• abcd
    • abdc
    • acbd
    • acdb
    • adbc
    • adcb
  • (Only half usually of interest because just reverse of another path)
traveling salesperson examples1
5 cities 4! = 24 possible routes

abcde

abced

abdce

abdec

abecd

abedc

acbde

acbed

acdbe

acdeb

acebd

acedb

(12 of interest)

adbce

adbec

adcbe

adceb

adebc

adecb

aebcd

aebdc

aecbd

aecdb

aedbc

aedcb

Traveling Salesperson Examples
towers of hanoi
Towers of Hanoi

N t t = 0.00549 * 2N

5 .17 sec (for a very old PC)

10 5.62 sec

15 3.00 min

20 1.6 hour

25 2.13 day

30 68.23 day

35 5.98 year What would a faster computer

40 191.3 year do for these numbers?

45 6120 year

50 196 K year

55 6.27 M year

60 201 M year

65 6.42 G year

70 205 G year

intractable algorithms
Intractable Algorithms
  • Other Games
  • More hardware not the answer!
  • Predicting Yesterday's Weather
  • Actual Examples for Time Complexity
existence of noncomputable functions
Existence of Noncomputable Functions
  • Approach
    • Matching up Programs and Functions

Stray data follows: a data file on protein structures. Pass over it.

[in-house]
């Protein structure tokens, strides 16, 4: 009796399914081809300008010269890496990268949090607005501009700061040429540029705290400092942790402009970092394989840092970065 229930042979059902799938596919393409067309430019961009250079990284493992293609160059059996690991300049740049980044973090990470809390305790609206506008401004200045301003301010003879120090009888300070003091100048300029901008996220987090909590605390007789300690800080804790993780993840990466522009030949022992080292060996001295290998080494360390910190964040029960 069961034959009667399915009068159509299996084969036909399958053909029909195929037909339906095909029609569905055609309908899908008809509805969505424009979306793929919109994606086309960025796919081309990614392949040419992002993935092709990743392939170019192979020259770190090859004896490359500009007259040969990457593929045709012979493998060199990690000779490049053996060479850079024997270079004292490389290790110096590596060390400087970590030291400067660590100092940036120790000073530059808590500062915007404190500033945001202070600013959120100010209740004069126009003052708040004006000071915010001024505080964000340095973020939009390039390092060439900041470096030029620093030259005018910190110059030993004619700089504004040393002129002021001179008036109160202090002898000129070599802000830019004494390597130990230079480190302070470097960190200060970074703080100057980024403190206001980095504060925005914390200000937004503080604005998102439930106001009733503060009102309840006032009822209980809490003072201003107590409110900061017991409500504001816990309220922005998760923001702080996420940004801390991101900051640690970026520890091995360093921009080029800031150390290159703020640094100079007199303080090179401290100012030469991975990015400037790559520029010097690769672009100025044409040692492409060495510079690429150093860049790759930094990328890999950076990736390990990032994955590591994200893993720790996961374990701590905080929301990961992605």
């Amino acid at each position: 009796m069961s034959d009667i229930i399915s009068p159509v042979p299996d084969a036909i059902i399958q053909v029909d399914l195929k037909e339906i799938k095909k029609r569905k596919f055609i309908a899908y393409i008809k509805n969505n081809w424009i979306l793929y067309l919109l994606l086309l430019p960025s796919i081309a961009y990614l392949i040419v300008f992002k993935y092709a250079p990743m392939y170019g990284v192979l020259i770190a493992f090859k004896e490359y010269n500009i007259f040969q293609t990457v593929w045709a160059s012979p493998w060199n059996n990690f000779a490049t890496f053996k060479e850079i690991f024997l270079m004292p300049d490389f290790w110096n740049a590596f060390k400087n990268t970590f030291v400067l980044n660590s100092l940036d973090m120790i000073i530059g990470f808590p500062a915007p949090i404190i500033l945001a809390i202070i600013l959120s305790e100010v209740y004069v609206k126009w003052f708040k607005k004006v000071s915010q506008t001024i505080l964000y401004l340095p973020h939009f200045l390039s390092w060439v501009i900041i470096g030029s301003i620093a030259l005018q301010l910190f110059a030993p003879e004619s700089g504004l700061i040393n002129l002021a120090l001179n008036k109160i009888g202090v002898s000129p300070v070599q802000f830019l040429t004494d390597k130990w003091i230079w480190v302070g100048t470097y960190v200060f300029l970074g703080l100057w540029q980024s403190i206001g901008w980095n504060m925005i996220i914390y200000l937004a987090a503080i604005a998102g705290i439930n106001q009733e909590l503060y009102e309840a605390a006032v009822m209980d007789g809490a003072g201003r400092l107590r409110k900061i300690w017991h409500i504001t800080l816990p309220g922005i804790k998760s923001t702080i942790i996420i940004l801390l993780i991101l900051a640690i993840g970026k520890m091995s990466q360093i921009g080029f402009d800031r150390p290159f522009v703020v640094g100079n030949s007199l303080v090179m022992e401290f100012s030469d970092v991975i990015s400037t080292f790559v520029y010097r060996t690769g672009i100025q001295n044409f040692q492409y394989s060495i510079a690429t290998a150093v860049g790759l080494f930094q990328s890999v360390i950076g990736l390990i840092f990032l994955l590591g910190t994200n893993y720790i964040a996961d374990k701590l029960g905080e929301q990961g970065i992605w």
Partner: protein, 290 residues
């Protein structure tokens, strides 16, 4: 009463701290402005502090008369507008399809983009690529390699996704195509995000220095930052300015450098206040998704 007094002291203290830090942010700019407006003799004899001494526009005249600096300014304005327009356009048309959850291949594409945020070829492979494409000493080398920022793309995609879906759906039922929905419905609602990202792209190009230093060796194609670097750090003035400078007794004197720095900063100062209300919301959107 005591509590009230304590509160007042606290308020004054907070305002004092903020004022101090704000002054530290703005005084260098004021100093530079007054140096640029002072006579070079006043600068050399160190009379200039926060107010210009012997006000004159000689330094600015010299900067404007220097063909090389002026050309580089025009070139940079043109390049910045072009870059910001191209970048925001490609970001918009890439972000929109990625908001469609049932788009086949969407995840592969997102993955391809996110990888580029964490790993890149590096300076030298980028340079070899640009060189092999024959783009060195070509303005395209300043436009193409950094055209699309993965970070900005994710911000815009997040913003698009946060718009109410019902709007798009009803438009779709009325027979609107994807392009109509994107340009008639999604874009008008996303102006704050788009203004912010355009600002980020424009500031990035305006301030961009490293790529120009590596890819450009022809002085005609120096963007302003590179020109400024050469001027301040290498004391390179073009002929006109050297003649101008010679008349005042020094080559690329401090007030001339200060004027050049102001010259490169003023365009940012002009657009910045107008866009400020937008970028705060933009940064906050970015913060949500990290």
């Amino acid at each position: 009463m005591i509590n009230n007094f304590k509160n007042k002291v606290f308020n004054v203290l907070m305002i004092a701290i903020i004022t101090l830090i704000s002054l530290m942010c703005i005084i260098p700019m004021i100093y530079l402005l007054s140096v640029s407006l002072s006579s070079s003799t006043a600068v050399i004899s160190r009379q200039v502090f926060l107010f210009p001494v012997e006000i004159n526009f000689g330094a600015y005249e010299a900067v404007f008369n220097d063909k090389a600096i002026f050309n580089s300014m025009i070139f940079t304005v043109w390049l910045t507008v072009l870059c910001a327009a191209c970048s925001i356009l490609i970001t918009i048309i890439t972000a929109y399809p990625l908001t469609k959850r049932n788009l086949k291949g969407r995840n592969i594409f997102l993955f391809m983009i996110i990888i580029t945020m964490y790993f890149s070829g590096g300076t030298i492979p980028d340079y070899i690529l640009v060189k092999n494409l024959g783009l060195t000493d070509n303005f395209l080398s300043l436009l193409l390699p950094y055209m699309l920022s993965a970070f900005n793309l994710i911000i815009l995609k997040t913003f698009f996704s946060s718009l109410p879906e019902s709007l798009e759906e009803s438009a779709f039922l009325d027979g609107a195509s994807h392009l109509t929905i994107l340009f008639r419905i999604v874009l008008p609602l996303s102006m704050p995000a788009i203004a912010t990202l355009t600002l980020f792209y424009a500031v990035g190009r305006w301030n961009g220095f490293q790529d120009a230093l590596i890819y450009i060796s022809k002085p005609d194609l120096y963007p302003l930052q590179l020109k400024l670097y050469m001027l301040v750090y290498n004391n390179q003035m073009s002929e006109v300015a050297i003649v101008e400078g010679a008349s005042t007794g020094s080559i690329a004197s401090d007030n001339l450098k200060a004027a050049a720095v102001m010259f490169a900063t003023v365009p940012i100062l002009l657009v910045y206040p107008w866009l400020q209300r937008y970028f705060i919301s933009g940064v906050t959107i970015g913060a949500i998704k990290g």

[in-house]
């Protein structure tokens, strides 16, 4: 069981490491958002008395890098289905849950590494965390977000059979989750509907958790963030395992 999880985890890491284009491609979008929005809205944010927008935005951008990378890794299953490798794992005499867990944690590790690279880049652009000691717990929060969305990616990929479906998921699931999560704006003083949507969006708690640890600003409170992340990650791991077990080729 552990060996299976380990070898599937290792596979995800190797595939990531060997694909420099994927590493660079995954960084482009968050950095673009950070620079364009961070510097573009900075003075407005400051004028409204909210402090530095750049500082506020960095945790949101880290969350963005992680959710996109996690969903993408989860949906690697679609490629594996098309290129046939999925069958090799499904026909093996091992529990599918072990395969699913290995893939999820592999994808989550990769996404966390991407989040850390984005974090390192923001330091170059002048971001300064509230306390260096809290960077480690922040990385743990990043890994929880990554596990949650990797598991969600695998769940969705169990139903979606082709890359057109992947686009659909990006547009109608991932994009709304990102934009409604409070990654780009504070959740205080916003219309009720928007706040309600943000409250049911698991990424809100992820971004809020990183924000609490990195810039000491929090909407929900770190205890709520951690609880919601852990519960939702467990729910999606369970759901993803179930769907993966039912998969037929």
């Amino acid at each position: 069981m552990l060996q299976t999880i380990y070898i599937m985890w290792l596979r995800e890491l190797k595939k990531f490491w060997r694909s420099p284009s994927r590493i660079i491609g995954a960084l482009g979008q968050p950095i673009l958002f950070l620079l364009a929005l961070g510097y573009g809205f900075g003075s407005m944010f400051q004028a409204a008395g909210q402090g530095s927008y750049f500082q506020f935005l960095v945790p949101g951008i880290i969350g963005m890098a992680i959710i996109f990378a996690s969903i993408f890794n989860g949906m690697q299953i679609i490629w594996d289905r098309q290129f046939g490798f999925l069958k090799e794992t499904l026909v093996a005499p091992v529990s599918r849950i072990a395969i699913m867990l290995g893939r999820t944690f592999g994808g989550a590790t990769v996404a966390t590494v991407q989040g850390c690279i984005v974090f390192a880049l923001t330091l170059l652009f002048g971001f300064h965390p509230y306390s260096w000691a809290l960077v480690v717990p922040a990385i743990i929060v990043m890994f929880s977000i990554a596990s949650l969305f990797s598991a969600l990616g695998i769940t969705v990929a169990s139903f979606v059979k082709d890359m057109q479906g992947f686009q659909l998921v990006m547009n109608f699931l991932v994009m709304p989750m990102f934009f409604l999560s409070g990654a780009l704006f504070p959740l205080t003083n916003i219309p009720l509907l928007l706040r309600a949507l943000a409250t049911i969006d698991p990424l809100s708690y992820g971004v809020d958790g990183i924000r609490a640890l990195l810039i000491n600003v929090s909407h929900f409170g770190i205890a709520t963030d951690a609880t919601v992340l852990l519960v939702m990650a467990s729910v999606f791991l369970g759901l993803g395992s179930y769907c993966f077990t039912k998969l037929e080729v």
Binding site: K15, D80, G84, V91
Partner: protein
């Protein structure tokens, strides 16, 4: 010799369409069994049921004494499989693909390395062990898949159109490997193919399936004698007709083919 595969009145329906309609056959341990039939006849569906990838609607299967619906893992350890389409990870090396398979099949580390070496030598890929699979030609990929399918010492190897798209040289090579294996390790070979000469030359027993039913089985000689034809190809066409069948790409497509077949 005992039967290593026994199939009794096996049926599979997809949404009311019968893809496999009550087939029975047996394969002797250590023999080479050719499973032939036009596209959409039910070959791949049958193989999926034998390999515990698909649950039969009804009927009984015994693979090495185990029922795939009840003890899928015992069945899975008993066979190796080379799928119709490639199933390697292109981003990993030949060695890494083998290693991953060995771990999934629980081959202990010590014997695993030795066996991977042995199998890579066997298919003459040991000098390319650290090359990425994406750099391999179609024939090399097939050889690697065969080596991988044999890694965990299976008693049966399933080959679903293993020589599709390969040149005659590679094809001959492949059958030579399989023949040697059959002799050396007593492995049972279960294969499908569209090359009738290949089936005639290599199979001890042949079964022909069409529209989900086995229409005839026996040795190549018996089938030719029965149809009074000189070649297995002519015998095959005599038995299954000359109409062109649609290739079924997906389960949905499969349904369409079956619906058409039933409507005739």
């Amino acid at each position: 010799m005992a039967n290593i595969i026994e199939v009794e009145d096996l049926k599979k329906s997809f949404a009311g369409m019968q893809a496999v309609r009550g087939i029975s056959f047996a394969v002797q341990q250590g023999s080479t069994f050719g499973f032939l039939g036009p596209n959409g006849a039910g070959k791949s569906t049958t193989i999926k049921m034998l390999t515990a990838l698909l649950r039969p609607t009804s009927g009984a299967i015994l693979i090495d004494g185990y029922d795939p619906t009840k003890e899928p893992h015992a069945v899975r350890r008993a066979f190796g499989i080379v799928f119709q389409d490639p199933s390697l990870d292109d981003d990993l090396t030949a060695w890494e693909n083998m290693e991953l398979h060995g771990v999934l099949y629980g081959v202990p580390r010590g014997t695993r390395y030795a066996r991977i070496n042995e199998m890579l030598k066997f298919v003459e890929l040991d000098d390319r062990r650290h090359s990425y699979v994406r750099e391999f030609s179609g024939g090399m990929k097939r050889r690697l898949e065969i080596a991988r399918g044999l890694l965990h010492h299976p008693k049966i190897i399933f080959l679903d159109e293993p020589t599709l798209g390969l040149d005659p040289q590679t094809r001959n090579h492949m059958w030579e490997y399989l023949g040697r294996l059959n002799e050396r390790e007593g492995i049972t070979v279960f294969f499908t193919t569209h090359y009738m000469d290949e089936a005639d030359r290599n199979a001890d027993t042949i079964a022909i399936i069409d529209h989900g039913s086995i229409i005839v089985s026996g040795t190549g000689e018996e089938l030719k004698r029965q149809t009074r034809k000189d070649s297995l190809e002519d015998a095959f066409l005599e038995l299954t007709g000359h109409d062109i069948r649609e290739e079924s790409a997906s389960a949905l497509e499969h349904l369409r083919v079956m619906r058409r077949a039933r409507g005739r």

• E.g., assume 3 functions, only 2 programs
    • Without details, conclude one function has no program
  • Have: Uncountable Infinity of Functions Mappingint to int
    • How can we show that is true?
    • Functions can be seen as columns in tables
    • Put all functions into a huge (infinite!) table
    • Show that even that cannot hold them all
    • Can you identify the functions in the following table?
table of all integer to integer functions
Table of All Integer to Integer Functions

1 1 2 6 0 0 8 2 1 4 . .

2 4 4 7 0 1 8 4 1 7 . .

3 9 6 8 0 0 8 6 2 10 . .

4 16 8 9 1 1 8 16 3 13 . .

5 25 10 10 1 0 8 10 5 16 . .

6 36 12 11 1 1 8 36 8 19 . .

7 49 14 12 1 0 8 14 13 22 . .

8 64 16 13 1 1 8 64 21 25 . .

9 81 18 14 1 0 8 18 34 28 . .

. . . . . . . . . . . .

. . . . . . . . . . . .

a function not in this inclusive table
A Function NOT in this (inclusive?) Table